We use micro-content on a day-to-day basis, even though we may not be aware of it. And Google snippets are the best example to prove that.
Every time you do a Google search, you must have seen a fragment of a particular article that relates to the topic. What is it, if not the best use of micro content to give quick answers to a user’s query?
Micro-content is a concisely packed version of core content, like in Google snippets, or just a short piece of writing that immediately gets to the heart of the matter.
Let’s learn about the concept in detail. Dive in!
What is micro content?
Micro-content, the term appeared in 1998 in one of the articles by Jakob Neilson, a usability advisor. He described micro-content as a type of content that can be perceived in less than 30 seconds. Step by step, the term became very popular in such spheres, technical writing, marketing, UX/UI.
Currently, the term might be unknown among broad audiences, but everyone has surely seen this type of content a lot of times. Social networks widely use it every day.
Any image, text, or video that can be consumed within 10-30 seconds, is usually considered micro-content. So micro-content is clearly the opposite of long-form content. Long-form content includes articles, blogs, and extensive research data, while micro-content is made up of smaller, bite-sized snippets of content that engage the reader or tease them or inform them with something.
Some of the distinctive features of micro-content are the following:
– Precise and direct
– Easily readable and scannable
– Addresses one question or solves one problem at a time
– Aimed at working in a short period
One of the most important things in micro-content is that it clearly shows the value of your message. Whenever you use it for your piece, your customers don’t have to spend time reading lines of text. The essence is on the surface.
Examples of Micro-Content
1. Images and Infographics: A striking image (a GIF/meme/photo illustration) is one of the best ways to capture readers’/viewers’ attention when used in conjunction with social media and hashtags.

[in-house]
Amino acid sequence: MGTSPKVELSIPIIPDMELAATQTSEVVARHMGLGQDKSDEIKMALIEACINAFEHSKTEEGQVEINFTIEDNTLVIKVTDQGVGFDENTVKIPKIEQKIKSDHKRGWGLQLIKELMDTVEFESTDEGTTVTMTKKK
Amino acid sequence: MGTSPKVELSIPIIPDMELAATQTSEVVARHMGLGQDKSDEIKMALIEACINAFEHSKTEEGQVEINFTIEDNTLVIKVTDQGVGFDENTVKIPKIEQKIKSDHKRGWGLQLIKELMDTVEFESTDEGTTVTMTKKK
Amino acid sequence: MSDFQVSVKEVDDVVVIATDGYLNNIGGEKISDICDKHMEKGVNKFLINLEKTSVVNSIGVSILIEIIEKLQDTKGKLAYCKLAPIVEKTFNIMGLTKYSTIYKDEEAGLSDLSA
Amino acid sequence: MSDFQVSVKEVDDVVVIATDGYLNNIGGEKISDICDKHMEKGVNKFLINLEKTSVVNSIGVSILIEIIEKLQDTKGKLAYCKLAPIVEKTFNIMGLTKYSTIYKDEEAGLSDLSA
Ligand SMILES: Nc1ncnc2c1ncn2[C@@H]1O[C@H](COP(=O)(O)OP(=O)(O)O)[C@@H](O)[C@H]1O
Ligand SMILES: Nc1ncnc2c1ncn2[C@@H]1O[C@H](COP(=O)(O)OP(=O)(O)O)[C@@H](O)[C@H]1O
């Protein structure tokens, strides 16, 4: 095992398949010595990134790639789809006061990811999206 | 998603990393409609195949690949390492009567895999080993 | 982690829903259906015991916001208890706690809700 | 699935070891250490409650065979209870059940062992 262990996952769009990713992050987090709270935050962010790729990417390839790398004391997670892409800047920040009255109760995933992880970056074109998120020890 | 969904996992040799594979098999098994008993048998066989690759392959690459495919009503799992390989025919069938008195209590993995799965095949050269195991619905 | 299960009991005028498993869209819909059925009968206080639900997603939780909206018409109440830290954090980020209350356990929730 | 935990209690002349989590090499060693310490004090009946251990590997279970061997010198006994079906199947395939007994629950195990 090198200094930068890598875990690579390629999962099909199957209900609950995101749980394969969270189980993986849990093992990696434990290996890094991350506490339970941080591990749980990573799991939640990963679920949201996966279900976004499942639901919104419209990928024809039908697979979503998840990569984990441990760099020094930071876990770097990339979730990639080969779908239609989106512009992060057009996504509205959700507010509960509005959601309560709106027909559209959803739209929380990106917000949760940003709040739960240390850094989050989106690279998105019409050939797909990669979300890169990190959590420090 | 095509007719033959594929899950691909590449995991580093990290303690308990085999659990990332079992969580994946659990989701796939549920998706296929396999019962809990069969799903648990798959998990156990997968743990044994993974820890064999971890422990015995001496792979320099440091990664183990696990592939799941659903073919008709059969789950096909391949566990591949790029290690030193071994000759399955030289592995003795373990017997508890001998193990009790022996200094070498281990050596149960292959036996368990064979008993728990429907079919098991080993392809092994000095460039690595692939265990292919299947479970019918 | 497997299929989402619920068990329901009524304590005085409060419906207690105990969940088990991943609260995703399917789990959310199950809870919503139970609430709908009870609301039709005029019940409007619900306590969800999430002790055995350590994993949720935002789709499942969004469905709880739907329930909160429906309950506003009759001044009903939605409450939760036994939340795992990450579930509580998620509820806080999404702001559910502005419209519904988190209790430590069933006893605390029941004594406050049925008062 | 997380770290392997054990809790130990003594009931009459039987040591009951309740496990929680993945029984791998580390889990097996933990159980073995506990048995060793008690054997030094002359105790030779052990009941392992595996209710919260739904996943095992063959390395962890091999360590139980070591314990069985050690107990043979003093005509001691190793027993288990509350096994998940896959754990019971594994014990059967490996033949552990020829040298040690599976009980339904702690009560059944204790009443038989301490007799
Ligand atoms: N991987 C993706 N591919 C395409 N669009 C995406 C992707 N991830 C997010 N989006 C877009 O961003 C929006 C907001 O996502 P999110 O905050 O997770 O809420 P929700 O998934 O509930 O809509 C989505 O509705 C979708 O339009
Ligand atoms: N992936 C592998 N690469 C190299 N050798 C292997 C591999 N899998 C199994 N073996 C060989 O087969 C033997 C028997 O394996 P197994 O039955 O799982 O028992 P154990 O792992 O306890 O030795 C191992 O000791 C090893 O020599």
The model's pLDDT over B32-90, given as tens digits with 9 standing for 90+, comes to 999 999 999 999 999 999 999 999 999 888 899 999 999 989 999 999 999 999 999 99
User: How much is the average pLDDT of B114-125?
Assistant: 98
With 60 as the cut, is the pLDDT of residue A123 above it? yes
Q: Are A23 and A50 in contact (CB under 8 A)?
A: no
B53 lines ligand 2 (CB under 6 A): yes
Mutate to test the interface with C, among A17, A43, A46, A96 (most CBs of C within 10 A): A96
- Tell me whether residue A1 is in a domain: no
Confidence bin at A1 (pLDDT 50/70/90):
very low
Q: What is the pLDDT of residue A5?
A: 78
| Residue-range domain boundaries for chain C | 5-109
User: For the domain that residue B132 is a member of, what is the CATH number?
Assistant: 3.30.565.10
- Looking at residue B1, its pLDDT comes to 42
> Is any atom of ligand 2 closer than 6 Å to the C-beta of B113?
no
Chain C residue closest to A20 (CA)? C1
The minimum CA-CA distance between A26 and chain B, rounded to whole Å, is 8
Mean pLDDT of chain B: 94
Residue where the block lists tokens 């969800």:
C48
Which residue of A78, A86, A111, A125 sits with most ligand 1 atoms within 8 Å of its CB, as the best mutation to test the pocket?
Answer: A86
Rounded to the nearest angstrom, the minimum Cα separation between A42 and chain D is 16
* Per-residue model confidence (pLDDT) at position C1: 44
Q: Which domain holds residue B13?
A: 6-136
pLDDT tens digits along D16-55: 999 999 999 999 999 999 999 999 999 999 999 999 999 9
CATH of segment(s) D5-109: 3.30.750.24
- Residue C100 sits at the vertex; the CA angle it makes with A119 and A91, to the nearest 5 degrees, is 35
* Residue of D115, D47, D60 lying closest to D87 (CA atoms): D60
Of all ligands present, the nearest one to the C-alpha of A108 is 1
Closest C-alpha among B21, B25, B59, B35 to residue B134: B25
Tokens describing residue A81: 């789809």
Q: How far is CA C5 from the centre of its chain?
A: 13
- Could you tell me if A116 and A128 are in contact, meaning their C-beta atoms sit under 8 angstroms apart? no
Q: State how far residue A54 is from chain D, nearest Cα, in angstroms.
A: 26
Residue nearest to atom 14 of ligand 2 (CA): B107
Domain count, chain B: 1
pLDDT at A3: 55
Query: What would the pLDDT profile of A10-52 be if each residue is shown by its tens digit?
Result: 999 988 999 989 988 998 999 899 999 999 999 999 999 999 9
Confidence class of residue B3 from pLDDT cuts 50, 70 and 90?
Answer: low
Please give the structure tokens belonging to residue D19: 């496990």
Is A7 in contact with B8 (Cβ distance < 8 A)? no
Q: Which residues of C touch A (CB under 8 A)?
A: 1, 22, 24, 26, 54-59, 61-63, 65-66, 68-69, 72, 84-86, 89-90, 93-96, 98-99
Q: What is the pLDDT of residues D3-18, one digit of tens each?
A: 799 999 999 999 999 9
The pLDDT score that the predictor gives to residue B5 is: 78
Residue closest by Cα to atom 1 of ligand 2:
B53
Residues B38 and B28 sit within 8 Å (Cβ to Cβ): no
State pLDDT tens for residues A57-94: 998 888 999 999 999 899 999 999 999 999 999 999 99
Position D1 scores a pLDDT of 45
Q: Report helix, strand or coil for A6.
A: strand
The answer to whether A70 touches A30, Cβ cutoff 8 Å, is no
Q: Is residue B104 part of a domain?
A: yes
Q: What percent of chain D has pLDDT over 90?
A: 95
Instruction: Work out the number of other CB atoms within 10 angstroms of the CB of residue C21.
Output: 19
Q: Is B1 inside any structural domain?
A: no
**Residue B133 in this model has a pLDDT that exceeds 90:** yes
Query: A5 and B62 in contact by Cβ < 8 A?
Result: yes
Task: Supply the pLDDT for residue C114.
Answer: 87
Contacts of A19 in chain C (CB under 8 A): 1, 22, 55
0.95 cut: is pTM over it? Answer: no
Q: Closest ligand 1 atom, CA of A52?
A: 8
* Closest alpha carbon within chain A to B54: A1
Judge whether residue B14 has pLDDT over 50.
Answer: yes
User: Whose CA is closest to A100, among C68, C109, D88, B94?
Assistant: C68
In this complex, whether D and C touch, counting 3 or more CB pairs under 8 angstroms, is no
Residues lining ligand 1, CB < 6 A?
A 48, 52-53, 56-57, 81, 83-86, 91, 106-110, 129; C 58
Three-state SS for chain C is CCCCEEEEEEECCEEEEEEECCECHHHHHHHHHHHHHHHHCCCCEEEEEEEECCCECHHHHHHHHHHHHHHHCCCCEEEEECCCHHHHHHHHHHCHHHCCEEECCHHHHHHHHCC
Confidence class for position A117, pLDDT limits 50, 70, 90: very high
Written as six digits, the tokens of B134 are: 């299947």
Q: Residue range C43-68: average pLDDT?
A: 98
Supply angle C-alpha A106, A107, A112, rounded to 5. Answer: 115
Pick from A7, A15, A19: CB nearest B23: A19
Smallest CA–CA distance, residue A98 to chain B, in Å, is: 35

2. Micro Post: These are short blogs (around one or two paragraphs) that usually appear alongside an image on a social platform such as Facebook or Twitter. It’s a good idea to write these in batches as they’re engaging and relatively easy to produce.
3. Twitter Updates: Termed as micro-blogging, Twitter now provides 280 characters to get our message across.
4. Short Videos: TikTok videos, Instagram stories, Buzzfeed’s Tasty recipes, are examples of short videos. These snippets in video format relay more information in ten seconds than a half-page text-based article.
5. Microsite: A microsite is a branded webpage or a group of webpages that exist separate from your main website. The idea behind a microsite is to offer yet another platform for potential customers to discover your brand with the objective that the unique content it holds will drive them to act. This action can range anywhere from simply reading the content to signing up for email newsletters.
Benefits of Micro-Content
Though long-form content is still prevalent, with increased usage of social media, short form content is replacing it. People are busy and some people don’t really like to read but will read a short post, and listen to a short video/audio. Mini-posts fill a real need for short content.
– Easily digestible information for readers: The info you want to get across is easier to digest for readers because it is short, simple, and precise.